Weekend Wanderer: Fostering Independence — and Taking It Away
I think I did the worst thing I’ve ever done.
It was a chilly but sunny Friday, the trees just beginning to embrace their fall colors.
And I, what did I do on that dazzling autumn day?
I took Indy and Willie on a tour of an assisted living facility.
If there is anything more awful than taking your parents through a home they don’t want to live in, I don’t want to know it.
Wait. I just thought of a few things that are worse.
Um, this is a runaway train of terrible thoughts right here. We need to pull an emergency brake of some kind.
We need to lighten things up, laugh a little.
Let’s see. Thinking. Thinking …
Hmm. I think I’ve got it.
Nature abhors a vacuum, right?
I thought it was Mr. Spock who observed that in Star Trek VI.
It wasn’t. It was Aristotle. Whom I did not realize sired Spock’s human lineage but as the father of logic rather makes sense.
Anyway. I have been the exemplar of Aristotle’s observation.
It began in April when my 16-year-old obtained a learner’s permit.
As in, to drive. Why did nobody tell me the gamut of emotions one feels teaching their kid to drive?
But that’s not the point. The point is that nature took one look at my budding driver and realized it needed a vacuum for my new driver to fill.
So nature or Aristotle or Mr. Spock made it clear I needed to take Willie’s car keys. I mean, crystal clear. There was just no denying it.
I like to think it was Mr. Spock who made that decision. It just makes me feel better to think of Leonard Nimoy, somewhere in the ether, directing my life like he directed Three Men and a Baby.
Except, you know, without Ted Danson.
The thing is, just as a learner’s permit doesn’t instantly grant a complete set of driving skills, neither does taking car keys yield a person who doesn’t drive. It’s a de-escalation, like a night spent drinking. You’re not sober the moment you switch to water. You still have a whole hangover to work through.
I mean, just disposing of the cars was a whole rigmarole that left me with Willie’s bumper sitting in my garage.
That is a true gosh-darn story right there.
And I still have a coffee can filled with vials of mercury. What do I even do with them? Make homemade thermometers for Christmas stocking stuffers?
The bumper and mercury are sitting next to my uncle’s ashes. I’ll need you to remember that for next week’s column.
But one problem at a time. Indy and Willie. What happens to their driver’s licenses? Car insurance? Membership in AAA? Who drives them to church? Who takes them to the doctor? Who takes Willie to CVS for the moisturizer she swears is only sold in their drugstores?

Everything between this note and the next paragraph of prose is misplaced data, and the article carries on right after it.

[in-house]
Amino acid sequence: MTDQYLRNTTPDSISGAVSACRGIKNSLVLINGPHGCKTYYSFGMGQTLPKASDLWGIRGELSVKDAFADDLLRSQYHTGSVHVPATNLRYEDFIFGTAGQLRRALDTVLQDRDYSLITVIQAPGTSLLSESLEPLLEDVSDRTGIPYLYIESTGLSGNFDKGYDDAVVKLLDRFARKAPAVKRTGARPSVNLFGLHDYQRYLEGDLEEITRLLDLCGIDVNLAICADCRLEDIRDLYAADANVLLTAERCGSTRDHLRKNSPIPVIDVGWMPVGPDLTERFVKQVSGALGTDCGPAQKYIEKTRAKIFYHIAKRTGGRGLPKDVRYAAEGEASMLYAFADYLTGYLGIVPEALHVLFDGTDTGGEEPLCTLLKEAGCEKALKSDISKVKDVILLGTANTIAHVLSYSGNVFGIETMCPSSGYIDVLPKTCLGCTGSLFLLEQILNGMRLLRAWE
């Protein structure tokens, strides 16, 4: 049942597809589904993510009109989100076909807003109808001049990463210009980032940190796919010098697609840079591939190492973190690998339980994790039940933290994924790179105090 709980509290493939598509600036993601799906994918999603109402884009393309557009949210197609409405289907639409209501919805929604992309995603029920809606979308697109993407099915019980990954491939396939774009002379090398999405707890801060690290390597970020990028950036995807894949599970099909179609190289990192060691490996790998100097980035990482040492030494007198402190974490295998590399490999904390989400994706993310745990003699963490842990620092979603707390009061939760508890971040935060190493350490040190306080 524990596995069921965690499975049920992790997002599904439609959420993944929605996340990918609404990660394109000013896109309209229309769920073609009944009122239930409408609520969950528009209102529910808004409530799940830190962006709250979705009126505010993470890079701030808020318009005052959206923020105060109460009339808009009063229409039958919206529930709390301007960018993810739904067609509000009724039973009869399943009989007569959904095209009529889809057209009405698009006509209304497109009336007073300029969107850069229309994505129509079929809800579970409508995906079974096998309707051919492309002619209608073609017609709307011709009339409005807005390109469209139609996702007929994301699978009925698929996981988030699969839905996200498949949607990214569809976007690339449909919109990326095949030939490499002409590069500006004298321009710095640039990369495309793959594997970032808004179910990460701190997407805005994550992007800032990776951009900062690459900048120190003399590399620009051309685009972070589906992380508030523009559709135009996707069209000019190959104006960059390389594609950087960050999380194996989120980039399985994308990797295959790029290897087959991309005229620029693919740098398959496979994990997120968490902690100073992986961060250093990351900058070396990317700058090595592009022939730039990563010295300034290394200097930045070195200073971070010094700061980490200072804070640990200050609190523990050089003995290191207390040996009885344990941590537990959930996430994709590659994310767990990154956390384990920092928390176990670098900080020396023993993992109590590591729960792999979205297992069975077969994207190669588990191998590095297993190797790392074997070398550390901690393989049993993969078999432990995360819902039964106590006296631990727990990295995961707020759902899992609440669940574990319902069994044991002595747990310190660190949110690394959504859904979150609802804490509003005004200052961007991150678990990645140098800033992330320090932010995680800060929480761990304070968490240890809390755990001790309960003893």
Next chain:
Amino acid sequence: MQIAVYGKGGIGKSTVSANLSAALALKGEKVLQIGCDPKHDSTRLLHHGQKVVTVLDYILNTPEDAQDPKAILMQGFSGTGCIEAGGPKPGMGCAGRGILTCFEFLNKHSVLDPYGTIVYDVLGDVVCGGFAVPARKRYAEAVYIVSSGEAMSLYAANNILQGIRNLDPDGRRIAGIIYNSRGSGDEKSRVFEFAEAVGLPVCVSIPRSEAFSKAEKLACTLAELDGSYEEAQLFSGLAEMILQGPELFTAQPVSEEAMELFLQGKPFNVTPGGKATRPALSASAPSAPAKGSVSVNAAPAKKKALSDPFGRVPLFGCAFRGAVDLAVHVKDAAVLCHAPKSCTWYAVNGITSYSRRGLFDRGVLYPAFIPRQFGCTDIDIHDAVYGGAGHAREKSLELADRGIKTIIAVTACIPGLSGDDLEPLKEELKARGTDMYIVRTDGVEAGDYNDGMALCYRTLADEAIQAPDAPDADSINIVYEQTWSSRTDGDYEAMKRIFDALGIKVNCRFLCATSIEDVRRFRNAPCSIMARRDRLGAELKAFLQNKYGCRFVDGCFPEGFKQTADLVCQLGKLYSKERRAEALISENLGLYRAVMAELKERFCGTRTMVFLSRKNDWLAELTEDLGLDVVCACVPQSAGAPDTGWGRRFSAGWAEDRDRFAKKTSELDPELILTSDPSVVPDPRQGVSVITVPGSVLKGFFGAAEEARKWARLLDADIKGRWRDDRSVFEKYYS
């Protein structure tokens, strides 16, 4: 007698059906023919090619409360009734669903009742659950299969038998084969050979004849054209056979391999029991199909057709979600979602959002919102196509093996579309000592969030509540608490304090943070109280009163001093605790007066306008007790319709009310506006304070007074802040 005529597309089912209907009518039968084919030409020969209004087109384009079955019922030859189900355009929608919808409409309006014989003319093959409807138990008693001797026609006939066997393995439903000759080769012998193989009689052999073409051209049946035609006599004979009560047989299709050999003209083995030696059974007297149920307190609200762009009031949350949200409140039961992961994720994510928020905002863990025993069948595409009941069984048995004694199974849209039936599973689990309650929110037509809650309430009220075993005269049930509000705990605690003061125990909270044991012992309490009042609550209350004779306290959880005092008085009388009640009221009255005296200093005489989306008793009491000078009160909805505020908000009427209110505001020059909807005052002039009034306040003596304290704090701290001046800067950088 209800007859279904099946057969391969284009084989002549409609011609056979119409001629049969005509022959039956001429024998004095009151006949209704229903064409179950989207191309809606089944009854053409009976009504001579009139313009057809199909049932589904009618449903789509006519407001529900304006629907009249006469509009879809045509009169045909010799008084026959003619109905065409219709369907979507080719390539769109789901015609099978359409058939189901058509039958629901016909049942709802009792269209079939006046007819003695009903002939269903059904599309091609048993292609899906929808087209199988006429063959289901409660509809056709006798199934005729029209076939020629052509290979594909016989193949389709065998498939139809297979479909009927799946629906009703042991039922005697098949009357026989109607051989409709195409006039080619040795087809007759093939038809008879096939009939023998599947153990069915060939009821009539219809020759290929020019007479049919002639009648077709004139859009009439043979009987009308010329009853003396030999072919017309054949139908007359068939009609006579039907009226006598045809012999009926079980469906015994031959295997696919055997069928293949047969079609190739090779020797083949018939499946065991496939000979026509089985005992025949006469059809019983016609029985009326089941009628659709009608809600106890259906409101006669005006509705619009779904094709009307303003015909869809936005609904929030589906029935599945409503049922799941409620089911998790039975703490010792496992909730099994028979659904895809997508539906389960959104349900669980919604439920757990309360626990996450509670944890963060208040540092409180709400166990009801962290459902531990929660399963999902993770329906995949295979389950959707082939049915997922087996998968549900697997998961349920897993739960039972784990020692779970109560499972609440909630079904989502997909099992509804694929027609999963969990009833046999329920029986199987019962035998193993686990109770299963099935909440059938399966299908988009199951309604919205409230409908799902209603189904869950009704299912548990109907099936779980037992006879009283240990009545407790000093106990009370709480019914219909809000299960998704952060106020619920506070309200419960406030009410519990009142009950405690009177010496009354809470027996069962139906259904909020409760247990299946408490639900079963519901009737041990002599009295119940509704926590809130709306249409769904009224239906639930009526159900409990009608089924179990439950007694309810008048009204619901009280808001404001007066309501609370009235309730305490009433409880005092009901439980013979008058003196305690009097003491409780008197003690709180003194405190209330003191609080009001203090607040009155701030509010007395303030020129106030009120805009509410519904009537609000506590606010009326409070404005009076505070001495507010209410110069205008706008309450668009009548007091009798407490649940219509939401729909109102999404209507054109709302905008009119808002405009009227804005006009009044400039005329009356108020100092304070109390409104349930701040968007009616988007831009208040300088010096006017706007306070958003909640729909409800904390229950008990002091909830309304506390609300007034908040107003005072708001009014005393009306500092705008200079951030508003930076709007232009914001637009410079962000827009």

I think we all know a certain columnist who is handling all of that. Don’t we?
Well, rideshares handle church. I do the rest.
And I managed to find Willie’s moisturizer at Target.
She told me I bought the wrong moisturizer.
Even when I pulled out her bottle of moisturizer and held it up next to the Target bottle with the label identical to Willie’s moisturizer.
“It’s different,” she said.
Yeah. That is how Willie rolls.
I’ll take the intransigence on the moisturizer because Willie is an ace at rideshares. She’s like Sophia on The Golden Girls or the grandpa in The Lost Boys or Santa Claus — a super cool senior citizen worrying about her Uber rating.
And she and Indy can drink as much as they want at parties. Which I think means Jell-O shots at Thanksgiving.
Yeah. We’re definitely in need of some Thanksgiving Jell-O shots.
And I’m sure the assisted living has plenty of Jell-O.
Ugh. The assisted living. Listen, if I could avoid it, I would. But Indy and Willie are having more and more trouble living on their own. Now, Willie isn’t having any of this assisted living business.
That’s why I scheduled the tour without telling her.
And why I can tell you it is no easier to ask for forgiveness than it is to ask for permission. I am, at the moment, in more trouble than the time I came home at four in the morning, forgot about that creaky third step, and got caught slipping into bed like I’d been there the whole time.
I want Indy and Willie safely in assisted living, relying upon paid staff for the things they used to do themselves. At the same time, I am kicking my oldest from the nest.
Again with that vacuum so abhorred by nature. I can’t make someone independent without making someone else totally dependent.
So while I’m telling my oldest to find an out-of-state camp to spend the summer, I’m also telling Indy and Willie they’ll never vacation alone again. It’s like hanging with Superman and Bizarro Superman. Jekyll and Hyde. Spy and Spy.
Except, you know, less fun.
Well, wait a minute. If we can make assisted living amusing, maybe we can make Aristotle and his vacuum amusing, too.
Although it probably goes without saying ancient Greek philosophers are a total party. I mean, hello, togas? Have you never seen Animal House?
So Willie and Indy no longer drive. Pass them the Jell-O shots.
My oldest goes to college in two years. Pretty sure they have Jell-O shots in college.
And me. Well, I’ll skip the Jell-O shots.
You know, so nature has that vacuum.
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